Blog Post

Practices to Avoid When Dealing with Lodged Corn

This agronomic image shows Stalk rot versus healthy stalk in corn.

Stalk rot vs. healthy stalk.

From challenging weather to unwanted pests and disease, conditions this season have led to stalk lodging for many corn growers. Severely lodged corn can put yield potential at risk, so it is important to be mindful when harvesting lodged corn.

To help you get the most out of every row, here are several common mistakes to avoid:

  • Waiting too long: Lodged corn should be harvested first, as delaying harvest leaves the crop at risk for worsening stalk rot.
  • Not testing the field: Take the time to properly assess your situation and measure potential losses. Combine through a lodged area and note the number of ears left behind the combine. If ear loss is extreme, walk through a similar unharvested area and count the number of ears already on the ground. These ears are not likely to get picked up regardless of head adjustment.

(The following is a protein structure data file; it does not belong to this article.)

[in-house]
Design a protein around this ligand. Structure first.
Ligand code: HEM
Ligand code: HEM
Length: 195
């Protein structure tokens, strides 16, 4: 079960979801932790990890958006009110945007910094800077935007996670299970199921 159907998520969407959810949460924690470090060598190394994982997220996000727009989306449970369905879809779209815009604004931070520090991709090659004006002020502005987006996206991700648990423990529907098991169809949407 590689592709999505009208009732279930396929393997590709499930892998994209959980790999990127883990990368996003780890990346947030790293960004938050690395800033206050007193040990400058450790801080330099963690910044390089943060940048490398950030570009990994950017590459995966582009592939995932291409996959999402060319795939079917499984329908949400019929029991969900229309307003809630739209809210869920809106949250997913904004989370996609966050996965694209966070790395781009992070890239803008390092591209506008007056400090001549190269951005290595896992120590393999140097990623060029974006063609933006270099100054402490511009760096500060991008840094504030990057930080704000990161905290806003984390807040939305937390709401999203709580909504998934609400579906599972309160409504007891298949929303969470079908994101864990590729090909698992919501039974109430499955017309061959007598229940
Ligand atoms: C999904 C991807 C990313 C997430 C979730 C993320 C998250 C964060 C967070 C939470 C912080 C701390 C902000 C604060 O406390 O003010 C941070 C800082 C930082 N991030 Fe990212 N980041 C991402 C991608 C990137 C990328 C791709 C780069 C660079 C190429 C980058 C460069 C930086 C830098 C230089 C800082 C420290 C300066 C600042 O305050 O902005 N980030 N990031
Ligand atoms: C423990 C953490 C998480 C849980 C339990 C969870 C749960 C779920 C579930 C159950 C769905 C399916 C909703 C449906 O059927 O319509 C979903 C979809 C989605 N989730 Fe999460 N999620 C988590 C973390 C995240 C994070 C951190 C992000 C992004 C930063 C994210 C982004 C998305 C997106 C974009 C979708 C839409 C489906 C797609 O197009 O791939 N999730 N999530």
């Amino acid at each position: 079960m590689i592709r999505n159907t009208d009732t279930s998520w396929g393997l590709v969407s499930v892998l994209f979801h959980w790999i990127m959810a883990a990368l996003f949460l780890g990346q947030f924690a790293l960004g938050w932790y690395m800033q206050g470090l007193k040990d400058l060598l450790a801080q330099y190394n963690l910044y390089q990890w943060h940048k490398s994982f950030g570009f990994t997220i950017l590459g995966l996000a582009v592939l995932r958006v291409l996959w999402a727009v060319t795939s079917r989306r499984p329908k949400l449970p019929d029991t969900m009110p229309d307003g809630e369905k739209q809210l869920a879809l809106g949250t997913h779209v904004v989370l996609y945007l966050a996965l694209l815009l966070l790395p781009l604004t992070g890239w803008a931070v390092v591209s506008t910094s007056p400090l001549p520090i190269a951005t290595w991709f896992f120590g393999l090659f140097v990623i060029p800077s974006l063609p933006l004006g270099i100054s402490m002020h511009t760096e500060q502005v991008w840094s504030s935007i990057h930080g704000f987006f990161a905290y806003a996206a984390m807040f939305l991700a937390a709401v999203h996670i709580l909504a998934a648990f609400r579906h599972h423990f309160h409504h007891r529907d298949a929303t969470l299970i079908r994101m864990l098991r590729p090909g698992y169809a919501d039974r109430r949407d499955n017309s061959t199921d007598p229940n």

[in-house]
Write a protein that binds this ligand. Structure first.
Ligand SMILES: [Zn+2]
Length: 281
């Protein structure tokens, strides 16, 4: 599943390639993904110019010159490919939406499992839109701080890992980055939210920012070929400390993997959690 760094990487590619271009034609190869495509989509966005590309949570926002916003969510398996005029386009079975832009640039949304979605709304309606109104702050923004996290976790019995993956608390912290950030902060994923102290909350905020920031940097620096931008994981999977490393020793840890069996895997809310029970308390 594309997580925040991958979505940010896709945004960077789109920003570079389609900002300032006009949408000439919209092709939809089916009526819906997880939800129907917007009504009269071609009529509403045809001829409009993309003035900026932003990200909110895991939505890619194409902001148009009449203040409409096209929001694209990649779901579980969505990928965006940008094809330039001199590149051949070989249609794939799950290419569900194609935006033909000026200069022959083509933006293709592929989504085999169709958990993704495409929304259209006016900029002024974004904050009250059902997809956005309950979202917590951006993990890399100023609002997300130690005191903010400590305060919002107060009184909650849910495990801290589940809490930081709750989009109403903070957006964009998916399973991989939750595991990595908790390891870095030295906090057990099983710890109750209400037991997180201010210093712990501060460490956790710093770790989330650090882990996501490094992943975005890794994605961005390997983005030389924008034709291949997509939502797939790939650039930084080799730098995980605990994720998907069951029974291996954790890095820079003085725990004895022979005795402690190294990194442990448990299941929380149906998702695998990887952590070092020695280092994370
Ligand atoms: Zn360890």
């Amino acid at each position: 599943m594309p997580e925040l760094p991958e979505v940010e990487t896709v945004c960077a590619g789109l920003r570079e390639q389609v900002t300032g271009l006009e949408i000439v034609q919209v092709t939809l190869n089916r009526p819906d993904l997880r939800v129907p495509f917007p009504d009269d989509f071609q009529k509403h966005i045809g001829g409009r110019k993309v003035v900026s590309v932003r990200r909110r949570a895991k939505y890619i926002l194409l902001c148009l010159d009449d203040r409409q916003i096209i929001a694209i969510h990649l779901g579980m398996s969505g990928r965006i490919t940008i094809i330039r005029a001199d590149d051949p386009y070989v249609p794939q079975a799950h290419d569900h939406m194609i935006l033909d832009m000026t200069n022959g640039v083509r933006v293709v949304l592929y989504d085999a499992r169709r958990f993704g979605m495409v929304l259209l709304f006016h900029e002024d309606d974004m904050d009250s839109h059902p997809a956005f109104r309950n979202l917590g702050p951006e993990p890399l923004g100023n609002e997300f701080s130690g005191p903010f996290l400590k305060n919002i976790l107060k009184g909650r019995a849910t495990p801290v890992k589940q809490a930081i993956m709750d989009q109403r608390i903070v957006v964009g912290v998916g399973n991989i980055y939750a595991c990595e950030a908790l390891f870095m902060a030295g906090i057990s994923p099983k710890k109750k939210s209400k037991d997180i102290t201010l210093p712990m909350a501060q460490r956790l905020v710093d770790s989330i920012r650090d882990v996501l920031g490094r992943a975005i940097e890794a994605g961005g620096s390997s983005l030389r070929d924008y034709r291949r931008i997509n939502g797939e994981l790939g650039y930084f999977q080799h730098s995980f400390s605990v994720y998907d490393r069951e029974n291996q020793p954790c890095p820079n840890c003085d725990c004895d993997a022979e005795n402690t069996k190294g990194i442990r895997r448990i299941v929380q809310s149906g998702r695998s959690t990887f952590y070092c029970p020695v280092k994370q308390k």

• Speeding through harvest: Rushing quickly through your fields is inefficient for lodged corn. Slow your combine speed to reduce the risk of missed ears, and be sure to go against the grain to diminish loss.
  • Neglecting safety: Iowa State University Extension warns that when dealing with lodged corn, harvest is not business as usual. It’s easy to get frustrated with the time and effort required, but proper safety practices are mission critical. Rushing through harvest can be dangerous and counterproductive.

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